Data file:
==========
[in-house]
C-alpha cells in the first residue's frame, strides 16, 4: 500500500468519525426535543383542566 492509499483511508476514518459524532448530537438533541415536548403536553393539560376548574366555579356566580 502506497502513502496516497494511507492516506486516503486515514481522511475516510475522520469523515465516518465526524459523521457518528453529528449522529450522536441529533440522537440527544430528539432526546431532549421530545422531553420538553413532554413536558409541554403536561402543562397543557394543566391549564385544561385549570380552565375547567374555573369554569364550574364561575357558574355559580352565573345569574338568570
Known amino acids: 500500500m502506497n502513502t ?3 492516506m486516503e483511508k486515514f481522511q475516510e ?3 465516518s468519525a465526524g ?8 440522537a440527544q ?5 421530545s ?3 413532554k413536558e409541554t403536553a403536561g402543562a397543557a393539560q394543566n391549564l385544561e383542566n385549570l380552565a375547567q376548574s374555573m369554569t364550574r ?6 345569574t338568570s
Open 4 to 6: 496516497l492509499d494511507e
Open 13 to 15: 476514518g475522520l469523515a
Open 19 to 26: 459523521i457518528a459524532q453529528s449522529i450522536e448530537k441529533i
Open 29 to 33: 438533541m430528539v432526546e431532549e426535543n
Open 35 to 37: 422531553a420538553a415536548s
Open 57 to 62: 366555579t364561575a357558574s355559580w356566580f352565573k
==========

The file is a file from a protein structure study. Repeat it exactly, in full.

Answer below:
[in-house]
C-alpha cells in the first residue's frame, strides 16, 4: 500500500468519525426535543383542566 492509499483511508476514518459524532448530537438533541415536548403536553393539560376548574366555579356566580 502506497502513502496516497494511507492516506486516503486515514481522511475516510475522520469523515465516518465526524459523521457518528453529528449522529450522536441529533440522537440527544430528539432526546431532549421530545422531553420538553413532554413536558409541554403536561402543562397543557394543566391549564385544561385549570380552565375547567374555573369554569364550574364561575357558574355559580352565573345569574338568570
Known amino acids: 500500500m502506497n502513502t ?3 492516506m486516503e483511508k486515514f481522511q475516510e ?3 465516518s468519525a465526524g ?8 440522537a440527544q ?5 421530545s ?3 413532554k413536558e409541554t403536553a403536561g402543562a397543557a393539560q394543566n391549564l385544561e383542566n385549570l380552565a375547567q376548574s374555573m369554569t364550574r ?6 345569574t338568570s
Open 4 to 6: 496516497l492509499d494511507e
Open 13 to 15: 476514518g475522520l469523515a
Open 19 to 26: 459523521i457518528a459524532q453529528s449522529i450522536e448530537k441529533i
Open 29 to 33: 438533541m430528539v432526546e431532549e426535543n
Open 35 to 37: 422531553a420538553a415536548s
Open 57 to 62: 366555579t364561575a357558574s355559580w356566580f352565573k